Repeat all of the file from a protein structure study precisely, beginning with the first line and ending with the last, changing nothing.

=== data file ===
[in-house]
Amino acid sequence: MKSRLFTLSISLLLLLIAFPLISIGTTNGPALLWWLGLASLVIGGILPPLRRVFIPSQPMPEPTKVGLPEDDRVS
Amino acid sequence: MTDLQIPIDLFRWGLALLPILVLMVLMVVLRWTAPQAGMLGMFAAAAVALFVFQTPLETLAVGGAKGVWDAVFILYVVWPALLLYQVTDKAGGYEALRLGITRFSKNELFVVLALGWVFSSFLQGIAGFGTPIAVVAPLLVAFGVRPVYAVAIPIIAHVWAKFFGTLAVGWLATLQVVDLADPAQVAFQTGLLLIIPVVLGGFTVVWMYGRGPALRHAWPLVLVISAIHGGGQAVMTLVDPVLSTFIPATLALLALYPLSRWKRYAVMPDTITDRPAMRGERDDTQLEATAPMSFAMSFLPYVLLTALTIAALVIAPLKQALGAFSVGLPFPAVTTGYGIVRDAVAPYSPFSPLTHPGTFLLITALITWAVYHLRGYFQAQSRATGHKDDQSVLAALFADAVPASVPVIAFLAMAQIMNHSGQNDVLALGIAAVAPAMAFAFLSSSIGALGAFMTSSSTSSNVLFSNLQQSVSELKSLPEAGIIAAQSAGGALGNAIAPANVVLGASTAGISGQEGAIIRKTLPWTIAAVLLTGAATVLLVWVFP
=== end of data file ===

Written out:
[in-house]
Amino acid sequence: MKSRLFTLSISLLLLLIAFPLISIGTTNGPALLWWLGLASLVIGGILPPLRRVFIPSQPMPEPTKVGLPEDDRVS
Amino acid sequence: MTDLQIPIDLFRWGLALLPILVLMVLMVVLRWTAPQAGMLGMFAAAAVALFVFQTPLETLAVGGAKGVWDAVFILYVVWPALLLYQVTDKAGGYEALRLGITRFSKNELFVVLALGWVFSSFLQGIAGFGTPIAVVAPLLVAFGVRPVYAVAIPIIAHVWAKFFGTLAVGWLATLQVVDLADPAQVAFQTGLLLIIPVVLGGFTVVWMYGRGPALRHAWPLVLVISAIHGGGQAVMTLVDPVLSTFIPATLALLALYPLSRWKRYAVMPDTITDRPAMRGERDDTQLEATAPMSFAMSFLPYVLLTALTIAALVIAPLKQALGAFSVGLPFPAVTTGYGIVRDAVAPYSPFSPLTHPGTFLLITALITWAVYHLRGYFQAQSRATGHKDDQSVLAALFADAVPASVPVIAFLAMAQIMNHSGQNDVLALGIAAVAPAMAFAFLSSSIGALGAFMTSSSTSSNVLFSNLQQSVSELKSLPEAGIIAAQSAGGALGNAIAPANVVLGASTAGISGQEGAIIRKTLPWTIAAVLLTGAATVLLVWVFP